Those men, with the help of Rosenthal's photo were immortalized, declared heroes and rushed stateside. To support morale on the home front, they barnstormed the country and participated in war bond drives and made personal appearances.
Unfortunately, this new-found fame was too much for one of the men, Ira Hayes, to handle. He would be arrested fifty-two times for public intoxication. At a public appearance when asked about it he once said, "I was sick. I guess I was about to crack up thinking about all my good buddies that were better men than me...and they're not coming back. Much less the White House, like me." After President Eisenhower lauded him in a 1954 speech, a reporter asked Hayes, "How do you like all the pomp and circumstance?" Hayes said, "I don't!"
IRA HAYES, (JANUARY 12, 1923-JANUARY 24, 1955), THE REAR-MOST SOLDIER IN THE STATUE WAS A PIMA TRIBE, NATIVE AMERICAN, FROM ARIZONA .Hayes deserves special recognition because sometimes our heroes return from combat with invisible scarring whether they were physically wounded or not.
Back then the science of mental illness or even simple awareness of it, wasn't what it is today. So I guess it was easy for someone like Ira Hayes to slip through the cracks. Few people if any realized the great toll his war experience left on him. Then once the anguish took over, all that was left was the escapism of whiskey.
Nevertheless, in the midst of his downfall, he portrayed himself in the 1949 John Wayne movie, "THE SANDS OF IWO JIMA." But nobody understood why he shunned his heroic status and avoided the spotlight. No reached out and nobody understood. He was just labeled an oddball. His deep rooted psychological problems went undiagnosed and worsened. Ira Hayes descended to alcoholism and died at age 32, as a result of it.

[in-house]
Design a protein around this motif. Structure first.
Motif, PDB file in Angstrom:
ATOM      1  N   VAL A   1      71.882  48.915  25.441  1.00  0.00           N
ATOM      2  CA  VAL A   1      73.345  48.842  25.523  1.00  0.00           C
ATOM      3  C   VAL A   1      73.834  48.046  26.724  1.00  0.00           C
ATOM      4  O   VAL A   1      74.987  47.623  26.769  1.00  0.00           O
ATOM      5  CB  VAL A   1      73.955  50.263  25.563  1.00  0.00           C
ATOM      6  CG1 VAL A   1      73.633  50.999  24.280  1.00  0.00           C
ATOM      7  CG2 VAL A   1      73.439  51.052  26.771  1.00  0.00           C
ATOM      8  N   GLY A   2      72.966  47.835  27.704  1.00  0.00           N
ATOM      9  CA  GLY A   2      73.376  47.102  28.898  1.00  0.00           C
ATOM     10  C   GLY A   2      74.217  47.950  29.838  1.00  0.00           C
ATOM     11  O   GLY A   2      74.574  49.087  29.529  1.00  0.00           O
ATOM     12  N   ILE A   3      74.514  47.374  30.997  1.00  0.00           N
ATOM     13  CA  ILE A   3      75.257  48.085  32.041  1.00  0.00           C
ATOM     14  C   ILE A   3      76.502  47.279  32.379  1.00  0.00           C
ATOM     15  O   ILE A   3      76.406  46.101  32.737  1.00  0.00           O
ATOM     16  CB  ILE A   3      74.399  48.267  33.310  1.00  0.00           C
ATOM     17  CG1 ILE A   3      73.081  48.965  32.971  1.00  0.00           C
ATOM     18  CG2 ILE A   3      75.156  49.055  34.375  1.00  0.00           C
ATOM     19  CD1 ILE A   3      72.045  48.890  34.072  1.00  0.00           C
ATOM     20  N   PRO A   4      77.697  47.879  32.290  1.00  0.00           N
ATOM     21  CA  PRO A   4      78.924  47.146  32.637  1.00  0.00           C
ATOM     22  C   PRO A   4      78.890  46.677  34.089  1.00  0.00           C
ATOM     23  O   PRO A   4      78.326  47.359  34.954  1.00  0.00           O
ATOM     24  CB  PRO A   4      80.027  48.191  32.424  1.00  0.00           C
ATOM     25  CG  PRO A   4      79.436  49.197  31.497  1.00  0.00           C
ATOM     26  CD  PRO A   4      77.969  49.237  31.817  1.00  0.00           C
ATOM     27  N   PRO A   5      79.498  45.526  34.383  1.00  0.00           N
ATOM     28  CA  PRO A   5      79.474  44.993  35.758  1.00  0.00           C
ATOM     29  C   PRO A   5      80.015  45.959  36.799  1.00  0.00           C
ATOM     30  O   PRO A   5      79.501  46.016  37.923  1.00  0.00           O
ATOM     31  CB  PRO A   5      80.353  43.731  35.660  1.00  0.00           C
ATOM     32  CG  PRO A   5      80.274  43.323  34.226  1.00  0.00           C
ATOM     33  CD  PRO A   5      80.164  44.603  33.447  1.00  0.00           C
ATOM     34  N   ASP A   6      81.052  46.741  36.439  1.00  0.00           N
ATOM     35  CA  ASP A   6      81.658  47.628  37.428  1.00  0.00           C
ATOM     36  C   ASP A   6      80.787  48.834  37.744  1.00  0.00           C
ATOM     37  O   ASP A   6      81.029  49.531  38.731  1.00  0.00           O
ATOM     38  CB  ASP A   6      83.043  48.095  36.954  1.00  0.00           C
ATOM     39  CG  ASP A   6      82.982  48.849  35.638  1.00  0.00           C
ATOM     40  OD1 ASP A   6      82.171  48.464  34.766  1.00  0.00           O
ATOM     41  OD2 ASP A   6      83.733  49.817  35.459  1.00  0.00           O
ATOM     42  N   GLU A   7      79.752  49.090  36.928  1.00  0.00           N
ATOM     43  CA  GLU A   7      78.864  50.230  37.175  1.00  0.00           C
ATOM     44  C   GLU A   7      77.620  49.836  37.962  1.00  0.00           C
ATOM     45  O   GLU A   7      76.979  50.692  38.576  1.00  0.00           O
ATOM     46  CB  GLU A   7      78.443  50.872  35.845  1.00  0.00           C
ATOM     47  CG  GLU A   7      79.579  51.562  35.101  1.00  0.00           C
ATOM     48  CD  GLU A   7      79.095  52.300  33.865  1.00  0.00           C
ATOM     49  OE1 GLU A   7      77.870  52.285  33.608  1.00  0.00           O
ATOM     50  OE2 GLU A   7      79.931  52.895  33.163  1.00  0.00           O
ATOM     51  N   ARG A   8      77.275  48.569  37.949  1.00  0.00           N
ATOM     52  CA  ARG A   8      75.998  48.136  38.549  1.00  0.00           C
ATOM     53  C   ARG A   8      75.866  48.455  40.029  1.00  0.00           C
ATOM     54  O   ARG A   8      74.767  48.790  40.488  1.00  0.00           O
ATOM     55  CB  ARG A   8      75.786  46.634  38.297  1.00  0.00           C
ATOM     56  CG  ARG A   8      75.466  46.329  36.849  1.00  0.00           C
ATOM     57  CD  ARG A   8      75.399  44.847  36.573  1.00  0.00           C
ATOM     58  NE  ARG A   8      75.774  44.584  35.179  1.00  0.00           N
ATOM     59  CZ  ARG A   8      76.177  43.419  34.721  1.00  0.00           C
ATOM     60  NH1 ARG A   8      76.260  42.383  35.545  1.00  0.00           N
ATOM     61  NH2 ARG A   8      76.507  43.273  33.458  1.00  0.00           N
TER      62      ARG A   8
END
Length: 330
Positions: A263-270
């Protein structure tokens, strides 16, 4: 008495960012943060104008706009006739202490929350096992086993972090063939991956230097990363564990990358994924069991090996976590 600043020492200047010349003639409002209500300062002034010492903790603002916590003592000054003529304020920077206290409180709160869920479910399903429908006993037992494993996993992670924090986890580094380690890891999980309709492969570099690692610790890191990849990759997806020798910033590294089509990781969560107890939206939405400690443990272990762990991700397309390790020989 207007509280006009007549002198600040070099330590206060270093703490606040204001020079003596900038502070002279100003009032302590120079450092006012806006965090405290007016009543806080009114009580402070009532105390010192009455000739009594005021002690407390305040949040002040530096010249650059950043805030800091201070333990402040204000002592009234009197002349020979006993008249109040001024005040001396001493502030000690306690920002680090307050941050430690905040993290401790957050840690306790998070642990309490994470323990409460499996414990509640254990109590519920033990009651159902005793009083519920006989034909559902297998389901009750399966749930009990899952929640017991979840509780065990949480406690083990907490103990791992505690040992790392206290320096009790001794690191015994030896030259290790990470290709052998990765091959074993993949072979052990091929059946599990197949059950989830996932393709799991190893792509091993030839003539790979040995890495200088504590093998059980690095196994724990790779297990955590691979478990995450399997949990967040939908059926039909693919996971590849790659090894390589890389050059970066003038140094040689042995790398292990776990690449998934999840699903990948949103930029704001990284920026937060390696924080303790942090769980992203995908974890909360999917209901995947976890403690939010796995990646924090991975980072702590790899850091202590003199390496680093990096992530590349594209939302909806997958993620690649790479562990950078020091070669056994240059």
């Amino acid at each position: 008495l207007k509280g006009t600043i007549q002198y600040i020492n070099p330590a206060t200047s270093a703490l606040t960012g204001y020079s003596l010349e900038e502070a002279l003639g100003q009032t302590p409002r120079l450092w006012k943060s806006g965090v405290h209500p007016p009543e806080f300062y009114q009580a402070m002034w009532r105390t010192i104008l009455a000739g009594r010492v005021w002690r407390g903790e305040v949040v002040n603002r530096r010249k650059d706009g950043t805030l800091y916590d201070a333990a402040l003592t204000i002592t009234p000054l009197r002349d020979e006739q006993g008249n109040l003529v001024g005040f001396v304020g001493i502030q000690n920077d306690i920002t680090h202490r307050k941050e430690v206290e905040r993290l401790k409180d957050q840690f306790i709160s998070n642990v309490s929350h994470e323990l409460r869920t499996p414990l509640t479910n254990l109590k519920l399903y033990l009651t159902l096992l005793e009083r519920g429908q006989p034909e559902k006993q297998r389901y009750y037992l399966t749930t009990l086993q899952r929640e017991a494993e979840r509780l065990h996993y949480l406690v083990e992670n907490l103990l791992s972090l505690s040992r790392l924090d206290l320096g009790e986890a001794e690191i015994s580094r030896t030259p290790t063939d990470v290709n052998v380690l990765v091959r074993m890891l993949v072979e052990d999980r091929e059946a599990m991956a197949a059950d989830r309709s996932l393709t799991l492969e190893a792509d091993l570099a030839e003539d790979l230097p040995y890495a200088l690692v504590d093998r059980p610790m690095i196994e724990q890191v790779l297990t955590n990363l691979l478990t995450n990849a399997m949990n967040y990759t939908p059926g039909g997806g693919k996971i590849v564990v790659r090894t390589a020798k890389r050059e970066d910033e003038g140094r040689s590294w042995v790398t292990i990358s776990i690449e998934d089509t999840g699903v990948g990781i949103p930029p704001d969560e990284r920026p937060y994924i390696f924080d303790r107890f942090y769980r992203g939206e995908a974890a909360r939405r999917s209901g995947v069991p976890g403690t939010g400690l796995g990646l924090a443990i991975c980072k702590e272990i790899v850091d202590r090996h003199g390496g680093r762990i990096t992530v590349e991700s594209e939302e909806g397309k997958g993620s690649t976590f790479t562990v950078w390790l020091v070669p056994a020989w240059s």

Since his death, Hayes has also been depicted in art and film. "THE OUTSIDER," starring Tony Curtis in 1961 and "THE FLAGS OF OUR FATHERS," with Adam Beach, in 2006. In it, director Clint Eastwood suggested that Ira Hayes suffered from post-traumatic stress syndrome. Also the song, "THE BALLAD OF IRA HAYES," was written by Peter La Farge. It's most memorable cover was by Johnny Cash who took it to #3 on the country western charts, in 1964.
BELOW IS AN EXCERPT FROM GEORGE CARLIN'S, "SHELL-SHOCK," ROUTINE. IT'S A GREAT ANTI-WAR STATEMENT AND SUPPORTIVE OF VETERANS.
In World War I, the term "shell shock" was used to describe battle-related mental difficulties. It was simple, honest and in two syllables, direct.
During WWII, the condition was changed to "battle fatigue." Hidden by four syllables, I guess they thought fatigue was a nicer word than shock.
In 1950, the Korean War went Madison Avenue. They squeezed out all the humanity, went totally sterile and buried the malady in eight syllables with, "operational exhaustion."
Thanks to a lot of lies and deceit, the Vietnam-era saw the very same condition renamed, "post-traumatic stress disorder." Still eight syllables but they added a hyphen to help bury the individuals pain, under the jargon.
I'll bet, if we still called it shell shock, some veterans would have gotten more help.
So on this uniquely numbered day of 11-11-11, when we pay homage to what Veteran's Day has become as well as its origin that marked the end of WWI, (on the eleventh hour, of the eleventh day, of the eleventh month, of 1918).
The bigger picture is, we shouldn't have to wait for holidays to appreciate all the Americans who were ever killed, listed as missing in action or served. However, while we can see the disfigurements and paralysis that our servicemen and women come home with, please help, honor and respect those who suffer mentally and emotionally too.